WELLINGTON, New Zealand: Peter Jackson's “Hobbit” movies will be made in New Zealand after the government struck a deal with Hollywood studio Warner Bros., Prime Minister John Key said Wednesday.
“I am delighted we have achieved this result,” Key told reporters.
“Making the movies here will not only safeguard work for thousands of New Zealanders, but will also allow us to follow the success of 'The Lord of the Rings'.”
Key said on Wednesday that senior Warner Bros. executives were pushing for large financial incentives during negotations in Wellington to keep the 500 million US dollar production in New Zealand.
The prime minister, who has personally led the talks to prevent a union row forcing Peter Jackson's latest Tolkien epic offshore, said Warner had asked for “lots, and we're not offering lots”.
New Zealand's rugged scenery was a key element in “The Lord of the Rings” but a row over union representation had cast doubt on the shooting location for “The Hobbit”, a two-part prequel to the original trilogy.
In response, top studio executives, including the head of Warner's New Line production house Toby Emmerich, flew to Wellington this week to examine whether the Middle Earth movies should be shot elsewhere.
With discussions still deadlocked after two days, Key said he had offered to change industrial laws to ensure “The Hobbit” could meet production deadlines without the threat of union action.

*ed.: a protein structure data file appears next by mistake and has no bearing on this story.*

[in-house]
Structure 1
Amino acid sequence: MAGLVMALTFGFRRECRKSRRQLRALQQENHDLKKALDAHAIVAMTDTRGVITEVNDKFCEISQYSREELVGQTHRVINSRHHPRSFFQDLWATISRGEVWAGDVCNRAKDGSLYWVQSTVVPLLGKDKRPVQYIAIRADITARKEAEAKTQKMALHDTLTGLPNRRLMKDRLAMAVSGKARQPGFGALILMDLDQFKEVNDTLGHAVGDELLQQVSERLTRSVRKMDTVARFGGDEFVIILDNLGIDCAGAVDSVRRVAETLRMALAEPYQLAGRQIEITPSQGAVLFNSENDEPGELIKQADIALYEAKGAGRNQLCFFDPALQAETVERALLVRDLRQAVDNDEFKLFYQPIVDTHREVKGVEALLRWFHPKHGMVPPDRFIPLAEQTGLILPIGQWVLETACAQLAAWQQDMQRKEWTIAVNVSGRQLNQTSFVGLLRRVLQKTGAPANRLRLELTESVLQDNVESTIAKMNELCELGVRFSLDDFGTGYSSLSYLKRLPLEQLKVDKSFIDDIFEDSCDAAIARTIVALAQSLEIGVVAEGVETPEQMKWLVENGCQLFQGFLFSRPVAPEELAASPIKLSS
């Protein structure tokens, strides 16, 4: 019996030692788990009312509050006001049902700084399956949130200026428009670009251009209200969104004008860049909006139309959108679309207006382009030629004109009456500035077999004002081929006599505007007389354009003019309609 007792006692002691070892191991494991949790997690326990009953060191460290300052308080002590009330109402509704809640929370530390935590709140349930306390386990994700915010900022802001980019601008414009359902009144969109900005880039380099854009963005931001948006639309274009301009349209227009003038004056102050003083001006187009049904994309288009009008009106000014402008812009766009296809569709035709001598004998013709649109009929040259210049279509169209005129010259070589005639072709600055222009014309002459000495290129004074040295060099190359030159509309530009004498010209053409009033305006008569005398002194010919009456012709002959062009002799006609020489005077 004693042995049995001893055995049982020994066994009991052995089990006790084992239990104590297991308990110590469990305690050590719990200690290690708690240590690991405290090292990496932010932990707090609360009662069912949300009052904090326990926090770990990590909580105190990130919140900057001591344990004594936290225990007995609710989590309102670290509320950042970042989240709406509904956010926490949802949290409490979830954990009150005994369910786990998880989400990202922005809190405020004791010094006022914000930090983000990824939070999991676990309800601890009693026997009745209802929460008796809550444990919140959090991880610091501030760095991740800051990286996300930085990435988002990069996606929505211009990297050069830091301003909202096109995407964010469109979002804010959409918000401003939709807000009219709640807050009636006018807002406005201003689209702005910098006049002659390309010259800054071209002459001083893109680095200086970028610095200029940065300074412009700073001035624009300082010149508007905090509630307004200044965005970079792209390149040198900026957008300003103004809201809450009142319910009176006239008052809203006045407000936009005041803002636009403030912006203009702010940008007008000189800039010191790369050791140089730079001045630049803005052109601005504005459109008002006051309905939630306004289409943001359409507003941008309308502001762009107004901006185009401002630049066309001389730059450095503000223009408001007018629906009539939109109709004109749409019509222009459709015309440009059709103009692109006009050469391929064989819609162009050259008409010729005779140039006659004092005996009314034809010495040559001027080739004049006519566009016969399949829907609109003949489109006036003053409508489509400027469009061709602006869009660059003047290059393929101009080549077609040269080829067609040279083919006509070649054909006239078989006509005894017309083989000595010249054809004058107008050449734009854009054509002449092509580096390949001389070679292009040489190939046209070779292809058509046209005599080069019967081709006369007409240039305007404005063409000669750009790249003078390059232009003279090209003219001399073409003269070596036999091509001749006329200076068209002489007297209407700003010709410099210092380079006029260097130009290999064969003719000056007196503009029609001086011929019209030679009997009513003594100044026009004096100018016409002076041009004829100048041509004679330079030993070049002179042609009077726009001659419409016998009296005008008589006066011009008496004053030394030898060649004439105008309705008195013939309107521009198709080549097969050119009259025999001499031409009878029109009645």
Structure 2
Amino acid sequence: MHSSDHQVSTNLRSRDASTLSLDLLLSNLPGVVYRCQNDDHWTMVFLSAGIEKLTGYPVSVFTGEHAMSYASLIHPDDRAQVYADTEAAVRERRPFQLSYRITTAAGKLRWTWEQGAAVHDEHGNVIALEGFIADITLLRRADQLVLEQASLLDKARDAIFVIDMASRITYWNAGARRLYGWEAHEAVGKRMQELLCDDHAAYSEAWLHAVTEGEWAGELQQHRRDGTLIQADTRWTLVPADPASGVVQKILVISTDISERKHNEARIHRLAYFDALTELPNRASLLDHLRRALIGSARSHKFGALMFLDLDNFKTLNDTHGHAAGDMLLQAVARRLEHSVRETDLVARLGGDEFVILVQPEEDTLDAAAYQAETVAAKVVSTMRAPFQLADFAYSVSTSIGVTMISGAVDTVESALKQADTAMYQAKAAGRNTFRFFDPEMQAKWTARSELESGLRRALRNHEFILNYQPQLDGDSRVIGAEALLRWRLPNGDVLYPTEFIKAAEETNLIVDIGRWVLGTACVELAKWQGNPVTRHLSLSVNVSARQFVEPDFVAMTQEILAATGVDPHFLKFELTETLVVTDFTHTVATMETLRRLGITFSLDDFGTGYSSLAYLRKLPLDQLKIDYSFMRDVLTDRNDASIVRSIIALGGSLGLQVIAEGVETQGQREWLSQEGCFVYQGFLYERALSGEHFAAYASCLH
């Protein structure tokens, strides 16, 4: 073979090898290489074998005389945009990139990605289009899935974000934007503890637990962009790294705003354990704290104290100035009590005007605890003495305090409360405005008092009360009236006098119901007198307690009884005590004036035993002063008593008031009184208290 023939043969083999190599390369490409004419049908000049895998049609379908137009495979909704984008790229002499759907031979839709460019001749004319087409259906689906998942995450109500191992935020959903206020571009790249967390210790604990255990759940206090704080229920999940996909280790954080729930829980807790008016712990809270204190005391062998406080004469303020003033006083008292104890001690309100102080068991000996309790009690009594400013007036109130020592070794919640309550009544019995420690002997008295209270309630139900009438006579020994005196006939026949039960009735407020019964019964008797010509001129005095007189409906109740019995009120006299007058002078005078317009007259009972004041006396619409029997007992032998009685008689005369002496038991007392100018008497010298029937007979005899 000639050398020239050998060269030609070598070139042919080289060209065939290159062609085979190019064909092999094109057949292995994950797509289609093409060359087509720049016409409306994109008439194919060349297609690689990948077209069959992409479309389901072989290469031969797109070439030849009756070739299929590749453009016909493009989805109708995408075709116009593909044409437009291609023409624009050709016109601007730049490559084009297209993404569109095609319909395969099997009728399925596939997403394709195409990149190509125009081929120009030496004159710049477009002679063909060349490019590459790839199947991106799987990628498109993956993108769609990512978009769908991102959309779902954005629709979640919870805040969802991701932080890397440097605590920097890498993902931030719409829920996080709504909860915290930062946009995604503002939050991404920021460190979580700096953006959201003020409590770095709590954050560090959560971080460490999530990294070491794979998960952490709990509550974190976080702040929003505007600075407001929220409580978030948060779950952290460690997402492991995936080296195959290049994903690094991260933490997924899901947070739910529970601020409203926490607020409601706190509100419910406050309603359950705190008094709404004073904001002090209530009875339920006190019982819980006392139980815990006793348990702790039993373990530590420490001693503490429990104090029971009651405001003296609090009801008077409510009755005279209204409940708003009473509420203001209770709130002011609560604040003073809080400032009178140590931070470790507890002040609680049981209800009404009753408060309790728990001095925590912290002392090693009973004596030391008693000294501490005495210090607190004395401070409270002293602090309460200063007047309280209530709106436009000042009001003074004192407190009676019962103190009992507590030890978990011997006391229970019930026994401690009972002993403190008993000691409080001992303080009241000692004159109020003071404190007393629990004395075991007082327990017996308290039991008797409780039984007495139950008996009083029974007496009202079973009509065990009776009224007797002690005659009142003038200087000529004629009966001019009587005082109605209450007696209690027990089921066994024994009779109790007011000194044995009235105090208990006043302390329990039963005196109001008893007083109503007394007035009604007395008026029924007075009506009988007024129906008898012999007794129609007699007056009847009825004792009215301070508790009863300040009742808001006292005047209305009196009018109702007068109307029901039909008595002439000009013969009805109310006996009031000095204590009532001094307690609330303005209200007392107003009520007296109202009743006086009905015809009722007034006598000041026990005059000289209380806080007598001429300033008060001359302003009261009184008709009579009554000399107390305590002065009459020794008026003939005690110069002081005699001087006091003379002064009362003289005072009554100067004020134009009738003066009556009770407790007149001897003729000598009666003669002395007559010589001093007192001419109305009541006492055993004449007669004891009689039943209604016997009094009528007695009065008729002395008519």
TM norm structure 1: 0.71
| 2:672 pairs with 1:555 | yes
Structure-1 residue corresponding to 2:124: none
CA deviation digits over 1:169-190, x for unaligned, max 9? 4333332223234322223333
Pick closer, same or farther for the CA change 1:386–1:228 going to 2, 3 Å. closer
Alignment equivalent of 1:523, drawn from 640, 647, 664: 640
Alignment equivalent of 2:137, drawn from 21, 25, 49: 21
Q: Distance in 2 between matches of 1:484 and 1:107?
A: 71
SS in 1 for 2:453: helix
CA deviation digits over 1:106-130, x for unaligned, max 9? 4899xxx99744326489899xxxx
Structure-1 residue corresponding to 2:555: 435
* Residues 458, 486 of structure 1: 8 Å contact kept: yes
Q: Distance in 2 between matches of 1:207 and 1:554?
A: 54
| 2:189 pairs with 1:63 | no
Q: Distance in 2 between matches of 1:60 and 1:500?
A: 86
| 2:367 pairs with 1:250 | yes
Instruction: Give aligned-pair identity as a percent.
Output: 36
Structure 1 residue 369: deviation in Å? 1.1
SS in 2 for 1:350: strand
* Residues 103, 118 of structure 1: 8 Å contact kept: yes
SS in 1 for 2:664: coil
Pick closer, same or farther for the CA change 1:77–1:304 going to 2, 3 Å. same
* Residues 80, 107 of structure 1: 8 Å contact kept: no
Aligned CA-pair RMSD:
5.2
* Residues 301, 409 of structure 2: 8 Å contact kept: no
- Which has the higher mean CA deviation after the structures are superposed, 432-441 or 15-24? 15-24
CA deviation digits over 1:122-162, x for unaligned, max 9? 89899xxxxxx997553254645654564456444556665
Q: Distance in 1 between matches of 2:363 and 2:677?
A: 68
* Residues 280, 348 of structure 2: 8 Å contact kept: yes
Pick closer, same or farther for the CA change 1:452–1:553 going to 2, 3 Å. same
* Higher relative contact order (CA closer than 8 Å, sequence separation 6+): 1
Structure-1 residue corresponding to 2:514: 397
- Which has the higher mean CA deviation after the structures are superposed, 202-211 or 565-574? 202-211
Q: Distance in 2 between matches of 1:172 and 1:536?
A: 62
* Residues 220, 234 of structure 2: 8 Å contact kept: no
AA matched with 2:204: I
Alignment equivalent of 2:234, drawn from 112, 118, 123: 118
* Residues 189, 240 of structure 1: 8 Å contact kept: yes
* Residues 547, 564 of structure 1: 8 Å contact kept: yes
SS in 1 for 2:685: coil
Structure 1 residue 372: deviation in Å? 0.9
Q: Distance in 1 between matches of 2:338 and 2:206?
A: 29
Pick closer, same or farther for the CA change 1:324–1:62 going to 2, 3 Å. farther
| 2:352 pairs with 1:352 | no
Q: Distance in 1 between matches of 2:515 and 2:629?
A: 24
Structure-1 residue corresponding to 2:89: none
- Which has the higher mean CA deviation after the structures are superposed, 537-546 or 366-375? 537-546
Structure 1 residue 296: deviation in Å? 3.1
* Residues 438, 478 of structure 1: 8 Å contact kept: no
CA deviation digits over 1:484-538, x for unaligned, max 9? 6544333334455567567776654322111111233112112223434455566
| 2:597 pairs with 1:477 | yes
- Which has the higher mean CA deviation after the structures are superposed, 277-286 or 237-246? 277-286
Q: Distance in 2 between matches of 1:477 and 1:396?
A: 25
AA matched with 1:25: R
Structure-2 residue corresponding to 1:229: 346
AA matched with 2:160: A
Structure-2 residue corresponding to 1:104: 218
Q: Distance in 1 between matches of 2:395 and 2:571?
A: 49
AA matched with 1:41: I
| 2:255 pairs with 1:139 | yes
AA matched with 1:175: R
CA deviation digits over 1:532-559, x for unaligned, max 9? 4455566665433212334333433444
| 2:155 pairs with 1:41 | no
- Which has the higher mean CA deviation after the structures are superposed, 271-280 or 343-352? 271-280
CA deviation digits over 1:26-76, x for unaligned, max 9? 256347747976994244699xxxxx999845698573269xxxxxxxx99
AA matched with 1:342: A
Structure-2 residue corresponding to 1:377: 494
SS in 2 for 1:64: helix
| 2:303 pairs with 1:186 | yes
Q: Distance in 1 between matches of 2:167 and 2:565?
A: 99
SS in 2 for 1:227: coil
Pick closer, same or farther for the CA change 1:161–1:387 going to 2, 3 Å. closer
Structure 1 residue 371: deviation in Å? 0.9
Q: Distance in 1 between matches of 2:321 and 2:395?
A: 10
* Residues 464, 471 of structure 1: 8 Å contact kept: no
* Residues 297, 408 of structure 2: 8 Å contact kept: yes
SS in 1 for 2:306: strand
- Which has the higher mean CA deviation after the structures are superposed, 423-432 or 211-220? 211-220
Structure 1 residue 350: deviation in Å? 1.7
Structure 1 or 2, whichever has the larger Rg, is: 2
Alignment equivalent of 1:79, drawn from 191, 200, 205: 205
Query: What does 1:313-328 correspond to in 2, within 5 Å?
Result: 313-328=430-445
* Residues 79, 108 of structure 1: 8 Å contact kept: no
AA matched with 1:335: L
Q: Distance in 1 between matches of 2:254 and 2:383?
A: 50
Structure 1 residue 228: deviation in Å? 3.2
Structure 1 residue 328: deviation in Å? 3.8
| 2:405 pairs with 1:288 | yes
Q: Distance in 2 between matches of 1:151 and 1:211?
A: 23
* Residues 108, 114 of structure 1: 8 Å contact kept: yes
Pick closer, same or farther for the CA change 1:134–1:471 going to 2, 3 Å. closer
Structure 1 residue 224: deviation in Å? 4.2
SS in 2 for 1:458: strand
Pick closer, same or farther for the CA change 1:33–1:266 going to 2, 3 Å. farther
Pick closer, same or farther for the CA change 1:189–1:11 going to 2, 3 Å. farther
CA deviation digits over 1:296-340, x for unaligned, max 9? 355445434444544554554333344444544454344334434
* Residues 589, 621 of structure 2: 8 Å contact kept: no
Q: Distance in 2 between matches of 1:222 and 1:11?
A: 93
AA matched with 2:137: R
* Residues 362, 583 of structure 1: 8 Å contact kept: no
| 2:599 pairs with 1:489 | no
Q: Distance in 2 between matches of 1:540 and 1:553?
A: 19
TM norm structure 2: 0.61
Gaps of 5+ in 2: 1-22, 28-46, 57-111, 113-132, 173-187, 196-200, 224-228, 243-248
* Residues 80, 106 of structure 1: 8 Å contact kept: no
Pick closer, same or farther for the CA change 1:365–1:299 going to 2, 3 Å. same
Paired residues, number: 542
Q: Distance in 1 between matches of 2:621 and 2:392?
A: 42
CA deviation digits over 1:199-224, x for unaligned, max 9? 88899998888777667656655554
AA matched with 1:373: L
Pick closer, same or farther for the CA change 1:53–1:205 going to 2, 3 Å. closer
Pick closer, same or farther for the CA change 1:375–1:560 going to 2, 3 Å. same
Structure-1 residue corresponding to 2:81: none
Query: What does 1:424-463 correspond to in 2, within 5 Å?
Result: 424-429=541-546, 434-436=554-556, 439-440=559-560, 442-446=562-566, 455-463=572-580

A frustrated Jackson launched a fresh broadside at the actors' union behind the dispute, NZ Equity, saying he was “incredibly angry” it threatened his project without properly consulting its members.
The Oscar-winning director also disputed NZ Equity's assertion that it called for an international boycott of “The Hobbit” last month after he refused to negotiate with it on minimum conditions for actors on the set.
Jackson said the union called the ban, which has since been lifted, before contacting him about its concerns.
“They are attempting to characterise their actions as an innocent request for a meeting, but the truth is they kept a loaded gun to our heads the entire time,” he said in a statement.
Opposition industrial relations spokesman Trevor Mallard said Warner was using the union row as leverage to gain more taxpayer funds for the project.
“I don't want to characterise them as shaking the government down but they're clearly trying to get every last dollar that they can,” Mallard told Radio NZ.
Channel News Asia